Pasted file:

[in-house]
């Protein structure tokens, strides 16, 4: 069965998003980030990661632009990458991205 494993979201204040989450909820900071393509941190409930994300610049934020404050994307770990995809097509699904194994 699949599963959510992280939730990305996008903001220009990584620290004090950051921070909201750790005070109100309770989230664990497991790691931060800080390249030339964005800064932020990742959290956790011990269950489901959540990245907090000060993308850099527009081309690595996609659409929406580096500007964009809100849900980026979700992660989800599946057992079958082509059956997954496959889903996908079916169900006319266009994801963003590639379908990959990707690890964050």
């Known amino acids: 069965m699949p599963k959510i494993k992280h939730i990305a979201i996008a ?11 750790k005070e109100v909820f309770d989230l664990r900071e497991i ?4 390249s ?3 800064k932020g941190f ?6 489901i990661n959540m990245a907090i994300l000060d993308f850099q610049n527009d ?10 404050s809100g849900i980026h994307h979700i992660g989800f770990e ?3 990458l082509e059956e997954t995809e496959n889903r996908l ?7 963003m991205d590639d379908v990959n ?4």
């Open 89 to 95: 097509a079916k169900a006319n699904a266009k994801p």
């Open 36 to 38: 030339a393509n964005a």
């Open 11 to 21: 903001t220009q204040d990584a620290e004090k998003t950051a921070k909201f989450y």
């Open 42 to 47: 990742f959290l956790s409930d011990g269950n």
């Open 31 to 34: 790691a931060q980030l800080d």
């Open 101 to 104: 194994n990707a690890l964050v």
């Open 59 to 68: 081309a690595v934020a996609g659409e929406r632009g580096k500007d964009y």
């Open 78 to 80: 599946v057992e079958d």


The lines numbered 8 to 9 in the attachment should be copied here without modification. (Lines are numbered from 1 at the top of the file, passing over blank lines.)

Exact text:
């Open 31 to 34: 790691a931060q980030l800080d």
């Open 101 to 104: 194994n990707a690890l964050v």